Reusable lenses and eye infections
British researchers looked at more than 200 people who presented to the emergency room with an eye infection. They found that keratitis caused by creepy-crawlies of the genus Acanthamoeba was significantly more common in people who had reusable contact lenses.“Previous studies have linked Acanthamoeba to wearing contact lenses in hot tubs, swimming pools, and while swimming in lakes; now we have added showers to that list. We emphasize that exposure of the lenses to any contact with water should be avoided,” – says study co-author Professor John Dart, an ophthalmologist at Moorfields Eye Hospital, a specialist eye hospital in London.
In a study published in the journal Ophthalmology, researchers analyzed hospital records for patients with disposable and reusable contact lenses. Only 24 percent of the cases involved disposable lens wearers. The remaining 76 percent were those who used reusable lenses.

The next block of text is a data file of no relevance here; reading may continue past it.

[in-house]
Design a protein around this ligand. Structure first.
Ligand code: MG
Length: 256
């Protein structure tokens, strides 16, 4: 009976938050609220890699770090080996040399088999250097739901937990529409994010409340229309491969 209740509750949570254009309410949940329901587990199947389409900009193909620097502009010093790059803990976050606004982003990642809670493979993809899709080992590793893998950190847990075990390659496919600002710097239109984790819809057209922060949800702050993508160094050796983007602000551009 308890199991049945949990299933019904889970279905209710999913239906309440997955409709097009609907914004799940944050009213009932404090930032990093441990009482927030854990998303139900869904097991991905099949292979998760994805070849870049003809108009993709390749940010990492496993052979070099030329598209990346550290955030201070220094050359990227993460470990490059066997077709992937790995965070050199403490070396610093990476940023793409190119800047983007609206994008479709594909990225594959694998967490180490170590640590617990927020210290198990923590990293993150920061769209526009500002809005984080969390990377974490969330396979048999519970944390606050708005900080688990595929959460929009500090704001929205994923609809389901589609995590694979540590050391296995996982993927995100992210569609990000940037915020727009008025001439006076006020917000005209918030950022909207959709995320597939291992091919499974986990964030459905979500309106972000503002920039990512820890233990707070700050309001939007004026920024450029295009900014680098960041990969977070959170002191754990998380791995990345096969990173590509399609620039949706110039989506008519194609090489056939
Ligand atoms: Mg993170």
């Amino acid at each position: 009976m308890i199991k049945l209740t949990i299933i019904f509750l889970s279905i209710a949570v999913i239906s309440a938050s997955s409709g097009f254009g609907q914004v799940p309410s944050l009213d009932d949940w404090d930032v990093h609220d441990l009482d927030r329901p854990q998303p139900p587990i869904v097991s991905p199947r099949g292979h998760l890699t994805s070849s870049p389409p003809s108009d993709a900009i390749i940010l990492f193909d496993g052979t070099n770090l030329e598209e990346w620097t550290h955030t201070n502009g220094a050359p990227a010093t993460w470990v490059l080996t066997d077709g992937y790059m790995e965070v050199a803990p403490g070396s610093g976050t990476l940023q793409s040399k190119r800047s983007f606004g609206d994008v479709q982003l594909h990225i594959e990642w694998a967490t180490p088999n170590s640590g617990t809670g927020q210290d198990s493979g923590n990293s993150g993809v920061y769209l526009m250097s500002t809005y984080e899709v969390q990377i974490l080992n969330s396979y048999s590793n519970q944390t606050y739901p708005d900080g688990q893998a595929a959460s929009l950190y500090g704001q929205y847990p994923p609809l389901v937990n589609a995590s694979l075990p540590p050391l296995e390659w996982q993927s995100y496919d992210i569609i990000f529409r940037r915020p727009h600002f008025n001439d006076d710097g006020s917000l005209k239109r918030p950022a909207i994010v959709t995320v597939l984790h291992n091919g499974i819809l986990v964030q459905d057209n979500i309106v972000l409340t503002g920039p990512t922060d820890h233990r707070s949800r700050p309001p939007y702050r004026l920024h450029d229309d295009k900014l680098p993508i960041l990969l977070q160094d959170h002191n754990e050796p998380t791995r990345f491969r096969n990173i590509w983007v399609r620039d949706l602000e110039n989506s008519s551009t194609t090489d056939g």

What is keratitis caused by Acanthamoeba?
Infection is caused when microorganisms enter contact lenses through contaminated lens storage solution, water, or dirty hands and then enter the eye. Acanthamoeba keratitis is much more common among people who insert and remove the same lenses.
Symptoms of the infection include eye pain, redness, blurred vision, clouding of the eye, and in severe cases, even permanent vision loss. Treatment includes antiseptics to be applied directly to the surface of the eye for up to six months to a year.
“Many people buy lenses online without contacting their doctor. Contact lens packaging should contain information, even as simple as a sticker, telling people to avoid contact with water,” – believes Professor John Dart.